The new machine is up and running (even surviving some time on games, so the issue is fixed), but now begins everything anew. The bookmarks restore-point from Firefox didn’t work, so I am down all of my links. I am staring at three different downloading queues while moving 90 gigs worth of music from my back-up drive to my main while writing this.

Dropbox is up and running, so my project files have been imported from the cloud. Still, it’s going to be more than awhile until I am back up and running at 100%.

During the meantime, I’ve had plenty of time to play Destiny, which I will actually write a My thoughts on… article on later. I also managed to watch Afflicted, which I might jot down some thoughts on as well (short summary: different but enjoyable).

Overall summary: I’m not dead, just out of action for a little bit due to technical problems. Things seem to be fixed and such, but it takes a lot of time for me to get a new rig up to usable levels for me.

Now, because I don’t think I can leave this article without giving some brief reviews, I am going to give some thoughts on some things below.

Thermaltake TR2 600W PSU: I purchased it thinking that it was a better quality PSU at the time, and I needed one in a jiffy to power a new video card. This unit maybe lasted me a year before burning itself up (well ventilated case, no fault there) and basically taking my computer with it. After going back and reading some reviews, I’m not entirely alone in that camp either.

Verdict: I am going to need a lot of strong praise for another Thermaltake product before I buy one again.

Corsair CX 750W Modular PSU: Picked it out due to the wattage and relatively high ratings, though the modular bit was a nice extra. Fit in nice, easy to setup, and more than powers my new machine. Rather quiet too, so not much noise coming from the machine.

Verdict: The jury’s out in regards to longevity, but it seems like a pretty good PSU.

Raidmax Agusta Mid-Tower Case (White): You look up pictures of this thing and you’ll recognize this case is a beast. Two intake fans on the front, three outtake fans on the back and two on the top (with mounting holes on the side-panel for another fan), and an air-channel that runs under the main case and PSU while serving as a hard-drive bay. It’s big, it looks like a decepticon, it pushes air like you wouldn’t believe, and is remarkably quiet.

Verdict: I am loving this behemoth next to my desk.

Ontrac Shipping: If I find out something I ordered shipped by Ontrac, I know a few things. 1: It’s not arriving close to on-time. 2: I’ll be lucky to get any notification when (or even if) it shows up. 3: The box and contents inside are likely not going to be in fair condition. The people at Ontrac do not care in the slightest for your shipment. After complaining on twitter about their service, I came to find out there’s even an entire account dedicated to nothing but anti-Ontrac posts (@Offtrac) If you ship items by them, you are doing all parties involved a disservice.

Verdict: My UPS service here is good and reliable, my Fedex isn’t so great, but I would bow at the feet of both these companies and sing their praises in comparison to Ontrac.

First Draft: Done

It’s done.

The first draft of Project: Ember is complete, clocking in at 102,541 words. The project started back on May 18th, so this took almost exactly three months. The average word breakdown comes down to roughly 1,140 WPD.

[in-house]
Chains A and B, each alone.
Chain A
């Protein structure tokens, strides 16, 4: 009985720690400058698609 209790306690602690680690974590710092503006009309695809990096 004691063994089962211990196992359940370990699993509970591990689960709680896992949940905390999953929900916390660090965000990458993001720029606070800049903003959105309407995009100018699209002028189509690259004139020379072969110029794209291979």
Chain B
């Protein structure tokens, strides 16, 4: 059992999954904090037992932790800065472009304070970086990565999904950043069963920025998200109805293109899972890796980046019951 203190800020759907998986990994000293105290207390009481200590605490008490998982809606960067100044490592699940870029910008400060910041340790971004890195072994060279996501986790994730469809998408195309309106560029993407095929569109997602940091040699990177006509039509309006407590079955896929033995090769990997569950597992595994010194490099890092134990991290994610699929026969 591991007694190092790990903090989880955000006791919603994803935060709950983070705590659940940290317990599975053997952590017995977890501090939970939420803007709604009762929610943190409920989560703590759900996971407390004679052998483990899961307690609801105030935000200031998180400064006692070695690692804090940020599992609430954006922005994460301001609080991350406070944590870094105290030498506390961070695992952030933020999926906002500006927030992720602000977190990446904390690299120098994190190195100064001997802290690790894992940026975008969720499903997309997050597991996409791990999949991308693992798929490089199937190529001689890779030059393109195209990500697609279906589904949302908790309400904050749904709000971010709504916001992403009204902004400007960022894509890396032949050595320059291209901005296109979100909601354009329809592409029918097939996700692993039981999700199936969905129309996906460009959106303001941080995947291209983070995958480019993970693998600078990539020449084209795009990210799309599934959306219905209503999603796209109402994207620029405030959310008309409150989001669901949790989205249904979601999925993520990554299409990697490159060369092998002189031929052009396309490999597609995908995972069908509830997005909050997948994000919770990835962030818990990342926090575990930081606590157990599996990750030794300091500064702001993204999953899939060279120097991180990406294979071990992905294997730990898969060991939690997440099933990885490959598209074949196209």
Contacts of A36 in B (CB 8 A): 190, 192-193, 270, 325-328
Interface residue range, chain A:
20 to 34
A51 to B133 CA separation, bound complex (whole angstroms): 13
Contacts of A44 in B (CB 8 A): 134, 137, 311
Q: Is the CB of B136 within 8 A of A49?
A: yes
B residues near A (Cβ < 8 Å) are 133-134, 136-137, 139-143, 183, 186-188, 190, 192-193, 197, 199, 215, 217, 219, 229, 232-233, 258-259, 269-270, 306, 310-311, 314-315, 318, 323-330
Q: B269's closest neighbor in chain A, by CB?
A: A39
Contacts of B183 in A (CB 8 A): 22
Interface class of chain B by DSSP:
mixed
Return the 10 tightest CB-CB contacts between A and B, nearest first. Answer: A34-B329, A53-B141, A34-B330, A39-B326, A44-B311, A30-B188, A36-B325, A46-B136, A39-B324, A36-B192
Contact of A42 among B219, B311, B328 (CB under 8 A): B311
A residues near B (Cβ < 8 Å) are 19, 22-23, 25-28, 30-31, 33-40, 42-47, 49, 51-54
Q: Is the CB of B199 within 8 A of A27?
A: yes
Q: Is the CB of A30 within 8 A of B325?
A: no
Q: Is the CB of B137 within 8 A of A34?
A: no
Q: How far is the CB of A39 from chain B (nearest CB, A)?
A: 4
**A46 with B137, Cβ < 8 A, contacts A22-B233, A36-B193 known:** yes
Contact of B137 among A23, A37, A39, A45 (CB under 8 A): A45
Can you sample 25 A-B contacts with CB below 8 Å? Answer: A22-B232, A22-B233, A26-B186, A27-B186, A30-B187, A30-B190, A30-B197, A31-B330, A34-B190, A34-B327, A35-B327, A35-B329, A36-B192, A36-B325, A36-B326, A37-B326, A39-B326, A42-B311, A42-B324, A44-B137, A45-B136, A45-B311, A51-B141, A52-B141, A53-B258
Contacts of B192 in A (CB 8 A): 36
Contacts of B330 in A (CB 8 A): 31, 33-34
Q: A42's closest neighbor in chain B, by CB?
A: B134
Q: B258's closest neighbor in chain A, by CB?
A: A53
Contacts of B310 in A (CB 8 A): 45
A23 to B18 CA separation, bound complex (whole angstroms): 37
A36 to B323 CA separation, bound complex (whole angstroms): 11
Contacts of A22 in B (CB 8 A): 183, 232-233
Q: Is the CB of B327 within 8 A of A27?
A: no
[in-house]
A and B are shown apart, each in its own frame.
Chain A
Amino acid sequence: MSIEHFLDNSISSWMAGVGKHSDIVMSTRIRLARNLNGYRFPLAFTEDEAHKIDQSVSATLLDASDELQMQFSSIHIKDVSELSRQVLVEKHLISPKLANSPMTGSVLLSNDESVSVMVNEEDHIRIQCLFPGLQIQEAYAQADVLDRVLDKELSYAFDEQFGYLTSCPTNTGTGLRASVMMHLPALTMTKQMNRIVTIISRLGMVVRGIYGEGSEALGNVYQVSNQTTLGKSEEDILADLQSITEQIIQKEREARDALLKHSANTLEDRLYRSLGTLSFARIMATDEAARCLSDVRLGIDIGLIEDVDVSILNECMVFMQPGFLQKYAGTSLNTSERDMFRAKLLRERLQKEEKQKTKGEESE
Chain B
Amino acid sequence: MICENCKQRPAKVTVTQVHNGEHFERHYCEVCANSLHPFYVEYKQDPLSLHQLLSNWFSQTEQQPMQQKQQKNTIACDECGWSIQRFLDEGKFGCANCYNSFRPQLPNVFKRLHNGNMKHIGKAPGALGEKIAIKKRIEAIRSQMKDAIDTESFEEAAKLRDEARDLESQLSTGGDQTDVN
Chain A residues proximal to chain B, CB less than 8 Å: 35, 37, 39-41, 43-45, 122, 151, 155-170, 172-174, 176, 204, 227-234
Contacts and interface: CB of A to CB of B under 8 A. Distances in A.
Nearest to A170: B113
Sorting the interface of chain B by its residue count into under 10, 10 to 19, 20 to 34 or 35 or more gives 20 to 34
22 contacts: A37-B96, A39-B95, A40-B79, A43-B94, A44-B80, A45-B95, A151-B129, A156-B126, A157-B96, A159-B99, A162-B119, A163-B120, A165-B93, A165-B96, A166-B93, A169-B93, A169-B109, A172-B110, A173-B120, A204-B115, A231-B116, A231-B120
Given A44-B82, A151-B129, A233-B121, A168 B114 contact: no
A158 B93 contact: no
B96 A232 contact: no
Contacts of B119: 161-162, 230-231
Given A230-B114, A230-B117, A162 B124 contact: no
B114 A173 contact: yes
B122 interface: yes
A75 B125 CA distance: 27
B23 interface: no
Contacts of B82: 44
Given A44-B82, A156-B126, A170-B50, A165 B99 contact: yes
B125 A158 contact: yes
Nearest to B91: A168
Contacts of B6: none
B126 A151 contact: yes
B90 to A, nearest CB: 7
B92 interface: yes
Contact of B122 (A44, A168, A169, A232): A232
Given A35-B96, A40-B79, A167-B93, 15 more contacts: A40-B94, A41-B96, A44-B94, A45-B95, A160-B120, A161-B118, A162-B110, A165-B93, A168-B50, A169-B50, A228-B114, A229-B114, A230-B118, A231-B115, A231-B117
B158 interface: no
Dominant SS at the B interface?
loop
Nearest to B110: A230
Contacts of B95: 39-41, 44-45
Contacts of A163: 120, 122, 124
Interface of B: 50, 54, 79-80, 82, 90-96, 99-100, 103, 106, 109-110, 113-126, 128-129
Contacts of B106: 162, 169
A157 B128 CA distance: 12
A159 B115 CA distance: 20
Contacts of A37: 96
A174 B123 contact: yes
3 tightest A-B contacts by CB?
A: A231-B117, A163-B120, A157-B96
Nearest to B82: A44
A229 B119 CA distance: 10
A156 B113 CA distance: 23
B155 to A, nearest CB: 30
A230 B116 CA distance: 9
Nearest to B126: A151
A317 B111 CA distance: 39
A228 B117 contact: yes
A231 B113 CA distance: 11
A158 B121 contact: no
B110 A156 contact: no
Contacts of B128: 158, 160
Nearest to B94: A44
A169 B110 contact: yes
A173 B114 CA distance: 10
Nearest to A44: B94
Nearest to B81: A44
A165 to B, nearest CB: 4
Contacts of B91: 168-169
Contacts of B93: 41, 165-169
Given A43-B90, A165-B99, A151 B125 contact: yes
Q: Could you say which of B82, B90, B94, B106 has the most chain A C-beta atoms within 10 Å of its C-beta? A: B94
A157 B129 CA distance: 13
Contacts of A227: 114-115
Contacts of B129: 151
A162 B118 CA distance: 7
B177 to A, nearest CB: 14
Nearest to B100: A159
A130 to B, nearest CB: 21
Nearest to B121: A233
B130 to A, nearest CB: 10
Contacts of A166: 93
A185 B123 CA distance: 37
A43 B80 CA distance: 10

I might have written down a bit more than I expected to.

Now begins a few days to work on Project: Warcry, but after that, some time off from the writing. A lot of TV shows, movies, games, and so on took a pretty big backseat during this project, so spending a few days to try and catch up on some of it would be nice.

Once that’s over and the editing begins, things are going to get ugly. I need to update my codex on the setting and add in my editing notes, because there’s a lot of work to do in fixing and cleaning it.

The characters have definitely come a long way as well, though it has caused some inconsistencies with the beginning scenes. Intros are always the hardest part for me, not so much the middle or end. The last paragraph or sentence can cause some hang-up for me, but that’s about it.

The characters aren't happy about their treatment.

The characters aren’t happy about their treatment.

Either way, I am thankful to be done with this much of the work. Sure, the long and ugly part is up ahead, but I look forward to seeing a cleaner piece of work come out of it.

Project: Warcry will definitely help tide me over while I work on the editing. Admittedly though, it’s a small project with a very close deadline.

So … yeah, I should probably get working on that.

Either way, one (large) step is done. Now, to move on to the next one and not have a hard time switching processes and story.

I am working on Project: Ember as efficiently as I can, but there’s a lot of work to do on it. Thus, I can’t even begin to guess at what timetable I am looking at for it. I’ll have to get some progress made in the editing process in order to begin guessing at when it might be ready for beta, let alone release.

If you’re itching for some of my own work to tide you over until some of these projects get further along, might I suggest having a gander at Blood in the Machine, or check out Reversal from last month’s issue of Fireside Magazine.

So yeah, here’s to progress. Now, off to take a mini-break for the night before working on Project: Warcry.